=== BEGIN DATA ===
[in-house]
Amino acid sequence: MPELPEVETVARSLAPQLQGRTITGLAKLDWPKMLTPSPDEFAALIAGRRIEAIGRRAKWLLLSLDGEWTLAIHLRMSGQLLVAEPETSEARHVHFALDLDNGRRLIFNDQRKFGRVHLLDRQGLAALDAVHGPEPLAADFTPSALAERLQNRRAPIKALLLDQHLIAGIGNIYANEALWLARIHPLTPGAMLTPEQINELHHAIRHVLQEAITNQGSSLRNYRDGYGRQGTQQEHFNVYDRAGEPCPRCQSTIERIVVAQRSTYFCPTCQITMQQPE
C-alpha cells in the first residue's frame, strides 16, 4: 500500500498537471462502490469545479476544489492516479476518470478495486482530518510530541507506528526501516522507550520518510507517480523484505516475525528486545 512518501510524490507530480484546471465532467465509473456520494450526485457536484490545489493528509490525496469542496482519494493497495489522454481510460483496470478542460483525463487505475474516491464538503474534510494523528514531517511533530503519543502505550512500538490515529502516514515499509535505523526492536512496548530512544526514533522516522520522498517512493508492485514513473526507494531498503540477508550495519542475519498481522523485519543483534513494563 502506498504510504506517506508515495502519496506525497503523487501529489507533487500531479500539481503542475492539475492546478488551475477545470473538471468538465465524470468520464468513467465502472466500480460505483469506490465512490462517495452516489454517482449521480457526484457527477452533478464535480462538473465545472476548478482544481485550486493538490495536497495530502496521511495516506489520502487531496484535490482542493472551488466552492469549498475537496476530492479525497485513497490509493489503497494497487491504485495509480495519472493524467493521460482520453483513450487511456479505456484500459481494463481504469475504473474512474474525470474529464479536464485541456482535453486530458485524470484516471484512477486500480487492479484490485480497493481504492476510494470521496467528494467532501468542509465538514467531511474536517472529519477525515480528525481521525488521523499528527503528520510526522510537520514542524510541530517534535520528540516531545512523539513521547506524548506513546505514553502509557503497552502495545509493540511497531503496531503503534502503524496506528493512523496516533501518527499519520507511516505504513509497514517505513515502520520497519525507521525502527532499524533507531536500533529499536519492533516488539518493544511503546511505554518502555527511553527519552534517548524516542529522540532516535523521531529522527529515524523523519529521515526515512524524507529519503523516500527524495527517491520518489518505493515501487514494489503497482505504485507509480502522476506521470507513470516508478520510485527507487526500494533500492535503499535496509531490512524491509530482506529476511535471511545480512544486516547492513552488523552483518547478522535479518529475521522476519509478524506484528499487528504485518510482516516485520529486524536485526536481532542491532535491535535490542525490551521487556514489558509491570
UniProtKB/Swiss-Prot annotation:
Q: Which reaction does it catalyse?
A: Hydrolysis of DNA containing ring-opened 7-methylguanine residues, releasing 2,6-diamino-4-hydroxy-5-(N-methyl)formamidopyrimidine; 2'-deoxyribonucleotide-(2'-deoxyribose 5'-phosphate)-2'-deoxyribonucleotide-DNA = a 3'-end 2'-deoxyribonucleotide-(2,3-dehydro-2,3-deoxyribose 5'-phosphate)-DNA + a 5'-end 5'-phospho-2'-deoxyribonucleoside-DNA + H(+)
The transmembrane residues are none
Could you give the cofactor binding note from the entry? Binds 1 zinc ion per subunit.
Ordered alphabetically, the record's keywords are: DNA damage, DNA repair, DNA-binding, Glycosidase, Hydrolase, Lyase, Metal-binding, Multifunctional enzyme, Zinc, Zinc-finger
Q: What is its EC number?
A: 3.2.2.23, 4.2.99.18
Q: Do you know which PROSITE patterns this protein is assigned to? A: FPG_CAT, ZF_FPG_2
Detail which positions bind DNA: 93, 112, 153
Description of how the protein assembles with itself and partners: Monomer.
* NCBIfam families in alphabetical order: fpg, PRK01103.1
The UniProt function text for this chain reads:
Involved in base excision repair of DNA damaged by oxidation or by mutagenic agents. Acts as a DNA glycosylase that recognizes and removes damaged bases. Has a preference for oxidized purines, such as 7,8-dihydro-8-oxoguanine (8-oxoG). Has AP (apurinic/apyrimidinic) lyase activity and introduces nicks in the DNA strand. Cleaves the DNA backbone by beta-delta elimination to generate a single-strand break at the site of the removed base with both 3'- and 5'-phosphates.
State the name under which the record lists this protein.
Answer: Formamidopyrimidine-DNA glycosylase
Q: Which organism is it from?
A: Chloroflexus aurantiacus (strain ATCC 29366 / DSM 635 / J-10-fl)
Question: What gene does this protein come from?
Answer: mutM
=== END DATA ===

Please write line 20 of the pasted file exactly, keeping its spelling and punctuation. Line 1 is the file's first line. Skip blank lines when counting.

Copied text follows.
Q: Which organism is it from?